Wolverines are undeniably affected by climate change and the U.S. Fish and Wildlife Service should move to protect it under the Endangered Species Act as soon as possible, an American judge has ruled.
The federal agency had proposed an endangered species listing for the wolverine in 2013, but withdrew the recommendation in 2014 – a move likely made under pressure from states that resisted the restrictions imposed by protected status, such as a trapping ban on the animal, said District Judge Dana Christensen on April 4.
"No greater level of certainty is needed to see the writing on the wall for this snow-dependent species standing squarely in the path of global climate change," Christensen said.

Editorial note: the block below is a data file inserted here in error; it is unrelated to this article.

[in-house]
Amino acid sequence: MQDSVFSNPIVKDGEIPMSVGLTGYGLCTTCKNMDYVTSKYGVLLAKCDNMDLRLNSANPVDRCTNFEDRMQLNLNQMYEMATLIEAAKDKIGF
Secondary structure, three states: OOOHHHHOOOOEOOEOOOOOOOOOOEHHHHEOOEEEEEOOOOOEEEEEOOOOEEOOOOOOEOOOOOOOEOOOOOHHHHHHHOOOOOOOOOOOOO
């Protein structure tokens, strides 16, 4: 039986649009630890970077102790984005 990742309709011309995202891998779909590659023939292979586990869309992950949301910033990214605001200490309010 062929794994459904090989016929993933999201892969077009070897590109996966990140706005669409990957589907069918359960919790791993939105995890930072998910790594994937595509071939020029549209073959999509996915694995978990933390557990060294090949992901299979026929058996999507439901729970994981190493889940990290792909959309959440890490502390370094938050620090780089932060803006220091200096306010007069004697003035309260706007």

"For the wolverine, that time is now."
Research has found that if emissions remain high, snow depth will likely decrease by a factor of three to four in the U.S. pockets of Rocky Mountains that house the wolverines by the end of the 21st century.
In Canada, wolverine numbers declined substantially in the 19th century due to trapping for the fur trade. Today the animal is largely confined to northern environments, where populations are believed to be somewhat stable. However, industrial activity and road networks are increasingly fragmenting wolverine habitat within southern Canada.